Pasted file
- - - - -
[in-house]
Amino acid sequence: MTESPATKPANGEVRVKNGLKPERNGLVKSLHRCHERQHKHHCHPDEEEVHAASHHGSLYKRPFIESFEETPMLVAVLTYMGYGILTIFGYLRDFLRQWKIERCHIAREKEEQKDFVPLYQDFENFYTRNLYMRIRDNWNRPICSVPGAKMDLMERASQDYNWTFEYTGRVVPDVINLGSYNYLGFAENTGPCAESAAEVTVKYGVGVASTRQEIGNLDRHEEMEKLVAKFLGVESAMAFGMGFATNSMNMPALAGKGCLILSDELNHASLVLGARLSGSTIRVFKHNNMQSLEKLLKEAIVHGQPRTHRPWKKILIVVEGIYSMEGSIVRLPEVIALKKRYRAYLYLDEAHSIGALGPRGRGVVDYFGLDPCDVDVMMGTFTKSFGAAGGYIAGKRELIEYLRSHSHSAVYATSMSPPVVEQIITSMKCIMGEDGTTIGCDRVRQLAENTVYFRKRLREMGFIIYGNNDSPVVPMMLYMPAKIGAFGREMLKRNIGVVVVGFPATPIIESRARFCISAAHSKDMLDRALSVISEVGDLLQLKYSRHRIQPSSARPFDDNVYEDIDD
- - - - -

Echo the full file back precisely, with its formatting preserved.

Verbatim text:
[in-house]
Amino acid sequence: MTESPATKPANGEVRVKNGLKPERNGLVKSLHRCHERQHKHHCHPDEEEVHAASHHGSLYKRPFIESFEETPMLVAVLTYMGYGILTIFGYLRDFLRQWKIERCHIAREKEEQKDFVPLYQDFENFYTRNLYMRIRDNWNRPICSVPGAKMDLMERASQDYNWTFEYTGRVVPDVINLGSYNYLGFAENTGPCAESAAEVTVKYGVGVASTRQEIGNLDRHEEMEKLVAKFLGVESAMAFGMGFATNSMNMPALAGKGCLILSDELNHASLVLGARLSGSTIRVFKHNNMQSLEKLLKEAIVHGQPRTHRPWKKILIVVEGIYSMEGSIVRLPEVIALKKRYRAYLYLDEAHSIGALGPRGRGVVDYFGLDPCDVDVMMGTFTKSFGAAGGYIAGKRELIEYLRSHSHSAVYATSMSPPVVEQIITSMKCIMGEDGTTIGCDRVRQLAENTVYFRKRLREMGFIIYGNNDSPVVPMMLYMPAKIGAFGREMLKRNIGVVVVGFPATPIIESRARFCISAAHSKDMLDRALSVISEVGDLLQLKYSRHRIQPSSARPFDDNVYEDIDD